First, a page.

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"Report on Data Management and Data-Management Plans for the History of Science Society Committee on Research and the Profession (September 6, 2013)"

Posted in Data Curation, Open Data, and Research Data Management, Digital Curation & Digital Preservation on November 4th, 2013

Daniel Goldstein et al. have published "Report on Data Management and Data-Management Plans for the History of Science Society Committee on Research and the Profession (September 6, 2013)" in the History of Science Society Newsletter.

Here's an excerpt:

The growing attention paid to data management by funding agencies reflects two additional trends. First is the idea that agencies that fund research ought to have some say in how that research is disseminated. Second is a growing trend in academia toward the increased sharing and broader dissemination of research data. In addition to these contexts, our report is also informed by the recognition that some historians of science are employing computational methods in their research for which the accumulation of and shared access to data is increasingly central. This report therefore considers what data mean in the context of history of science, when they should and should not be shared, and what mechanisms exist or could be developed for their access and preservation. In the process, the report raises pertinent questions that should be considered and, perhaps, addressed by applicants for NSF grants, but it does not provide a template for grant application plans. This report is intended to serve as a starting point for discussion, to identify issues and suggest possibilities.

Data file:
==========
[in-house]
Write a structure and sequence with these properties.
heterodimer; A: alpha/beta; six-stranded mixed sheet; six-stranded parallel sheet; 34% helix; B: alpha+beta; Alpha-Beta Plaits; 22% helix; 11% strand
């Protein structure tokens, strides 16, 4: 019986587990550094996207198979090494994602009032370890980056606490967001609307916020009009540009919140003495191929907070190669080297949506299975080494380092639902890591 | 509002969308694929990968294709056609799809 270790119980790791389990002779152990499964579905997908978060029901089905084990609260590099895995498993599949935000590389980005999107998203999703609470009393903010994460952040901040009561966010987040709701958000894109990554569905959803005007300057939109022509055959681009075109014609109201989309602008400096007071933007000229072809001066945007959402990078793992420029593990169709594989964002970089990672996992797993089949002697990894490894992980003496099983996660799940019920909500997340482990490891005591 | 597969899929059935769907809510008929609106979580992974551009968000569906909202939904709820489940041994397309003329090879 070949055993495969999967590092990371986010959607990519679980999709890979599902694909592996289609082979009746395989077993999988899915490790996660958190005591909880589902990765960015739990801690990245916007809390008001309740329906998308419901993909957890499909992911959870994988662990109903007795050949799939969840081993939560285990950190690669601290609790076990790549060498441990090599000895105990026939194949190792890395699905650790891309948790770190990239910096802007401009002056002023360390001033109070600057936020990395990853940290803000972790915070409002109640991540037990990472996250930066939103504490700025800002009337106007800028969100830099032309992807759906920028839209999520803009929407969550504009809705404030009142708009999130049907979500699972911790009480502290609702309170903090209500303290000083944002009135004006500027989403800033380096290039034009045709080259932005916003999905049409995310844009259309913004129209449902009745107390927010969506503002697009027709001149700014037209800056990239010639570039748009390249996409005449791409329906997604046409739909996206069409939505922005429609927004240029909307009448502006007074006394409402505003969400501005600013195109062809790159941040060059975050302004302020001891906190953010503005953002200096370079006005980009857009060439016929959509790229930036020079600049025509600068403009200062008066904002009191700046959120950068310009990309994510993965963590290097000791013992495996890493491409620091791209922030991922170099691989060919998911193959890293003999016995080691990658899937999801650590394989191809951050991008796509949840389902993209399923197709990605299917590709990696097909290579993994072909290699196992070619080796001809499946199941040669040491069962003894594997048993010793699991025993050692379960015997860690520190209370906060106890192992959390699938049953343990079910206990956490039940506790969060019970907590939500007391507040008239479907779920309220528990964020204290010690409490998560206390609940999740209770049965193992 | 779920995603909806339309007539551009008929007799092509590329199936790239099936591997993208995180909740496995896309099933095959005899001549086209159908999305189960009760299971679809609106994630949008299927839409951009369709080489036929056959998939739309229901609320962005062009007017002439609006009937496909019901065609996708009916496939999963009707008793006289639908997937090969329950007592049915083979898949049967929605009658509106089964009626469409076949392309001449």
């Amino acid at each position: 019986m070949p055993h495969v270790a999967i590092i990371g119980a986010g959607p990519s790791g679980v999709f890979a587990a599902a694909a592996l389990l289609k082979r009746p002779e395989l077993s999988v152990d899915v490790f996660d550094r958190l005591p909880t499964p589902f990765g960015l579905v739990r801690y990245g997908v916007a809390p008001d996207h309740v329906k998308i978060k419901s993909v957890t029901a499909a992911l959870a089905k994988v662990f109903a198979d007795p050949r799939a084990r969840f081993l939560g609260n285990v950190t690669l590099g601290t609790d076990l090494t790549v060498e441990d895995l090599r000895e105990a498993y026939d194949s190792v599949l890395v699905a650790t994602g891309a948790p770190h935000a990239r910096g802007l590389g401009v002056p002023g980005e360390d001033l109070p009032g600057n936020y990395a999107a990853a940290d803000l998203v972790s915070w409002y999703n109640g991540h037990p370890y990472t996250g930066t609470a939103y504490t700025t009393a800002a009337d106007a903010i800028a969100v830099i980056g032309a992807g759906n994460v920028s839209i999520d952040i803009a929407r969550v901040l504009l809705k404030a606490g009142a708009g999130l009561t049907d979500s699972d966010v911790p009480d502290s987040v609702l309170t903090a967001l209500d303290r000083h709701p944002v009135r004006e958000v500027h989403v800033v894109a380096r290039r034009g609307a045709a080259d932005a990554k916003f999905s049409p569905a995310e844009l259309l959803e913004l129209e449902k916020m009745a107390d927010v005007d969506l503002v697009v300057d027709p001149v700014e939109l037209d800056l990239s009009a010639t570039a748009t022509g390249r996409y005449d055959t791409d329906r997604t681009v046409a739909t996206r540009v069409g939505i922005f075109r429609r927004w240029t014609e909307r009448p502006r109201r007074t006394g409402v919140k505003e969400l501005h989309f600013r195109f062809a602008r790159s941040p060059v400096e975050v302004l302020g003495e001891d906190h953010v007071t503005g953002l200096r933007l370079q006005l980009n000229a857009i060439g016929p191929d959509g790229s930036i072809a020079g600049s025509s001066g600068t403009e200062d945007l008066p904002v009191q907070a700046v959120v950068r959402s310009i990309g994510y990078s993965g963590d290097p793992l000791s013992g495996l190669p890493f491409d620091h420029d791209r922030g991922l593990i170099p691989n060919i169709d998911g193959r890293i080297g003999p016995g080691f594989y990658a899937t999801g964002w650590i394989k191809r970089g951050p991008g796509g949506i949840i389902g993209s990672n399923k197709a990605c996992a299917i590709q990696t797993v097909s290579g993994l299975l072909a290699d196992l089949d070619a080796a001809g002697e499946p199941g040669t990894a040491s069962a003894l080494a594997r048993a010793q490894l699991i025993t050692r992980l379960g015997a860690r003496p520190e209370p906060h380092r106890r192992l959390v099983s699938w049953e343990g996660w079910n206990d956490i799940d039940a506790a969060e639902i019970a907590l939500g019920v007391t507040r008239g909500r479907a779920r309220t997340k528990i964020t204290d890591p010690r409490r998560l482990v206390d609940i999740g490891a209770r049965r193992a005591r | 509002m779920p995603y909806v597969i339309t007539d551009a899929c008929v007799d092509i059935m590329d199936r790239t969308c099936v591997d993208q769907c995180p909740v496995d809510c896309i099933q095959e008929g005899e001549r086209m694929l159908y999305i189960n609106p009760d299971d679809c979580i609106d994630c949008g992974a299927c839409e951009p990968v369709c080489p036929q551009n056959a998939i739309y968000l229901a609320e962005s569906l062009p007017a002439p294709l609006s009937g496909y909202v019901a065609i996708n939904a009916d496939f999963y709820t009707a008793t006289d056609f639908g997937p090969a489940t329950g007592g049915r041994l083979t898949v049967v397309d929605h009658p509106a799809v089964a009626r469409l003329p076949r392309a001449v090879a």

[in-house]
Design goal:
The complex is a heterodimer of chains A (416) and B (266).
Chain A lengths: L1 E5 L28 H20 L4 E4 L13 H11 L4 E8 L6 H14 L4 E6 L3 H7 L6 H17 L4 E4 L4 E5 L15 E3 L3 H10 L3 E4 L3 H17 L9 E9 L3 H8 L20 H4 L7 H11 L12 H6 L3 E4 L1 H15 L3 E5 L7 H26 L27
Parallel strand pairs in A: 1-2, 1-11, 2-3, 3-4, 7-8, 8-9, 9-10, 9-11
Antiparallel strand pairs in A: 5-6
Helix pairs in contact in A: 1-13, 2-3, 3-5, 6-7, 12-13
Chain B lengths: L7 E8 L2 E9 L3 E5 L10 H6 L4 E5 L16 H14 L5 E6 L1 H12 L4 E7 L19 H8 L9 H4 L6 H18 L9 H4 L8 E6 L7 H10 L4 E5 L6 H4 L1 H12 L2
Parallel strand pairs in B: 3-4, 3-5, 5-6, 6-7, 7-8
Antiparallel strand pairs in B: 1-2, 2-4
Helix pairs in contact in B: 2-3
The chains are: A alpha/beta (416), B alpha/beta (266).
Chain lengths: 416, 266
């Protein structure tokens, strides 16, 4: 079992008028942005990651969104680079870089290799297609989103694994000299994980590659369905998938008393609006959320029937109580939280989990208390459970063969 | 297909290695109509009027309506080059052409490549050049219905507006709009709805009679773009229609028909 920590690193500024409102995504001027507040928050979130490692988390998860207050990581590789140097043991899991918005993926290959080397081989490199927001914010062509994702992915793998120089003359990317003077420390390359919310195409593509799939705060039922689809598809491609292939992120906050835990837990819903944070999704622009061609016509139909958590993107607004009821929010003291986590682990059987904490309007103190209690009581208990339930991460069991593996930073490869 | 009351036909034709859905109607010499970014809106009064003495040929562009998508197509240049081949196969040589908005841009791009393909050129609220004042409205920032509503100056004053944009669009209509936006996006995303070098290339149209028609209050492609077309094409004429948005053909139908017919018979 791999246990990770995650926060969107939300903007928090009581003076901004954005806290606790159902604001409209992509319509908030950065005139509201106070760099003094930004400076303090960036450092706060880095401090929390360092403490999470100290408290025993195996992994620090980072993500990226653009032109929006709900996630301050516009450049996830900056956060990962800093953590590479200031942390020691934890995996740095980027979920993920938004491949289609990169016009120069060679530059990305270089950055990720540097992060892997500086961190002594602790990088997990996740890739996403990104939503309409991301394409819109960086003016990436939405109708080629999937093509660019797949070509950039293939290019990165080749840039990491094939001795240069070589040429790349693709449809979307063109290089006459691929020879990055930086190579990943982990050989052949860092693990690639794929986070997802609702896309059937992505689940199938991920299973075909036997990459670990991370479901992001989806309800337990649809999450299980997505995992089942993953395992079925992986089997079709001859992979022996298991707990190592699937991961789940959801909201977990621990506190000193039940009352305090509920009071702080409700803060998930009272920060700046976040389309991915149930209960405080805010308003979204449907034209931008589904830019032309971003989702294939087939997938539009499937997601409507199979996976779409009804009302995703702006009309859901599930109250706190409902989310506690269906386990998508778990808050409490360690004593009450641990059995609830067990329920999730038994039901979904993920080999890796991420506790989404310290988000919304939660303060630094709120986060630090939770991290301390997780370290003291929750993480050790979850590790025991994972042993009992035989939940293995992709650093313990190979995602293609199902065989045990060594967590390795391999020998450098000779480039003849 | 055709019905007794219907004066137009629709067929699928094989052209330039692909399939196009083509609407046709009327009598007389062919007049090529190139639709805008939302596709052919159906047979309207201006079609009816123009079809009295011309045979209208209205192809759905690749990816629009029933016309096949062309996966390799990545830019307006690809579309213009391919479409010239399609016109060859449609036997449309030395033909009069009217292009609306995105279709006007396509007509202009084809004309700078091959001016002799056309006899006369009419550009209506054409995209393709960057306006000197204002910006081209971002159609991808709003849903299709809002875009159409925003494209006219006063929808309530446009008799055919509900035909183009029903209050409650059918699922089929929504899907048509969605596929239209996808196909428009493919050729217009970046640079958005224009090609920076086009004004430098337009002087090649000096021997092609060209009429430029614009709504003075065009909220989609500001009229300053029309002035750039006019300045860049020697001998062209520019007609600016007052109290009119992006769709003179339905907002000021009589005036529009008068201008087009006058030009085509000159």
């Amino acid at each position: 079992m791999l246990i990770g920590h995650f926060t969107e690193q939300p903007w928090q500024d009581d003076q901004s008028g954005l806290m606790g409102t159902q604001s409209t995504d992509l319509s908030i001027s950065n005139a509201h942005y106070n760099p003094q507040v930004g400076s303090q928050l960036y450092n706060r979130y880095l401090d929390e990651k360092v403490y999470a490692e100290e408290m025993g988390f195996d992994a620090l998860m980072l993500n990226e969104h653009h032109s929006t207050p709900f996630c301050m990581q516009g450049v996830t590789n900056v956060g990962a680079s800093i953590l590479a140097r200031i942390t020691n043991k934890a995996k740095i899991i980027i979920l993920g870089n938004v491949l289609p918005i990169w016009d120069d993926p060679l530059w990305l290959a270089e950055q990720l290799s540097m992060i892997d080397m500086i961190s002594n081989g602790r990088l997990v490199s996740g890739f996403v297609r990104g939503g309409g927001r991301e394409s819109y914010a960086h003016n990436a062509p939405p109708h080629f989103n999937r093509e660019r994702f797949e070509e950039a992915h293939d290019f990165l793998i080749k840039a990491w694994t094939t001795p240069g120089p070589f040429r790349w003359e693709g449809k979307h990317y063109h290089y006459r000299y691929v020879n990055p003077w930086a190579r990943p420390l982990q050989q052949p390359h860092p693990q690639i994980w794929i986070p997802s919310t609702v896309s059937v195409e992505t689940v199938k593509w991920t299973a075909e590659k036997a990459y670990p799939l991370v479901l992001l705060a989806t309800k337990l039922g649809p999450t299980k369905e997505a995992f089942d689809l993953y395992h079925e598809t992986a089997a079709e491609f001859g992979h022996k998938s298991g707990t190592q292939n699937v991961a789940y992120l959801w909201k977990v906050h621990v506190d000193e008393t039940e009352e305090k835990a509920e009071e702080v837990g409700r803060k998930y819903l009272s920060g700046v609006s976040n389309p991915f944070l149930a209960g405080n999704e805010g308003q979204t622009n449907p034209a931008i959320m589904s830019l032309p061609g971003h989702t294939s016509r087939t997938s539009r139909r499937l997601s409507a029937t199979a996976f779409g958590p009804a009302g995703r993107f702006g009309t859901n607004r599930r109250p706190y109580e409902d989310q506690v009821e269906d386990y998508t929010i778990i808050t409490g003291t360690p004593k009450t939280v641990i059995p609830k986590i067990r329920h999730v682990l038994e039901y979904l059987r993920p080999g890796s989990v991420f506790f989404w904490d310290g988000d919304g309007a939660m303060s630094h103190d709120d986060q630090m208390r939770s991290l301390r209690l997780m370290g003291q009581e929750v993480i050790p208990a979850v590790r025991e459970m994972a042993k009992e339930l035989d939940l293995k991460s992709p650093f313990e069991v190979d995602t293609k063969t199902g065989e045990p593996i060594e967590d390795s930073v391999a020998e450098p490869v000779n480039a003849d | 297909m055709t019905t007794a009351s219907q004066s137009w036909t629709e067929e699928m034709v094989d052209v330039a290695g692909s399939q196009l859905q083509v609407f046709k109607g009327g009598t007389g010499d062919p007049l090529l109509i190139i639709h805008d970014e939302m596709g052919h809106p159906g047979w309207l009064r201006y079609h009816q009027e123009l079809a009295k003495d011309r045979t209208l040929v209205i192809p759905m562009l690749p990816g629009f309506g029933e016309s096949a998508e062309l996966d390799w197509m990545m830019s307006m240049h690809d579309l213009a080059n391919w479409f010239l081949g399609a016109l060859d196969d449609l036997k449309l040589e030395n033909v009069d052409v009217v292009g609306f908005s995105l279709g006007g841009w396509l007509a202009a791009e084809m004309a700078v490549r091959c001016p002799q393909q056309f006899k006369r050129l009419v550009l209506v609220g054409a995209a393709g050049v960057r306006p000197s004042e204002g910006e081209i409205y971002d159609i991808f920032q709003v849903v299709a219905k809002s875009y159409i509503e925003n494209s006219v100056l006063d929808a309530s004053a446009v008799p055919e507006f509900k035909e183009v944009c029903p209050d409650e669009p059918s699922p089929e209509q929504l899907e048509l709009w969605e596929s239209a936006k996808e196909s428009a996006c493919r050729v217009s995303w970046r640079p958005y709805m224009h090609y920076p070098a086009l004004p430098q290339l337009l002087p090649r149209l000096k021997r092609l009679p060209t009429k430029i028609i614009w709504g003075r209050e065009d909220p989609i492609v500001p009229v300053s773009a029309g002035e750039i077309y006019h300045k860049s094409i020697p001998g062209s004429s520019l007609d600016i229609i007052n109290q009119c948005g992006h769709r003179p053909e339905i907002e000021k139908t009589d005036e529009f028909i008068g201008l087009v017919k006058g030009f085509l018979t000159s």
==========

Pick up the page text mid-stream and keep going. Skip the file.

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"The Librarian as Research Informationist: A Case Study"

Posted in Data Curation, Open Data, and Research Data Management, Digital Curation & Digital Preservation on October 30th, 2013

Lisa Federer has published "The Librarian as Research Informationist: A Case Study" in the Journal of the Medical Library Association.

Here's an excerpt:

Whereas traditional library services have generally focused on the "last mile" or finished product of the research process—the peer-reviewed literature—librarians have expertise that can help researchers create better research output in the form of more useful data. In the last several years, new policies from major funding bodies (such as the National Science Foundation's data management plan requirement and the NIH's public access policy) indicate that funders expect researchers to demonstrate the highest possible return on investment for their grant dollars. The need for better research data management has given rise to a new role for librarians: the "research informationist." Research informationists work with research teams at each step of the research process, from project inception and grant seeking to final publication, providing expert guidance on data management and preservation, bibliometric analysis, expert searching, compliance with grant funder policies regarding data management and open access, and other information-related areas.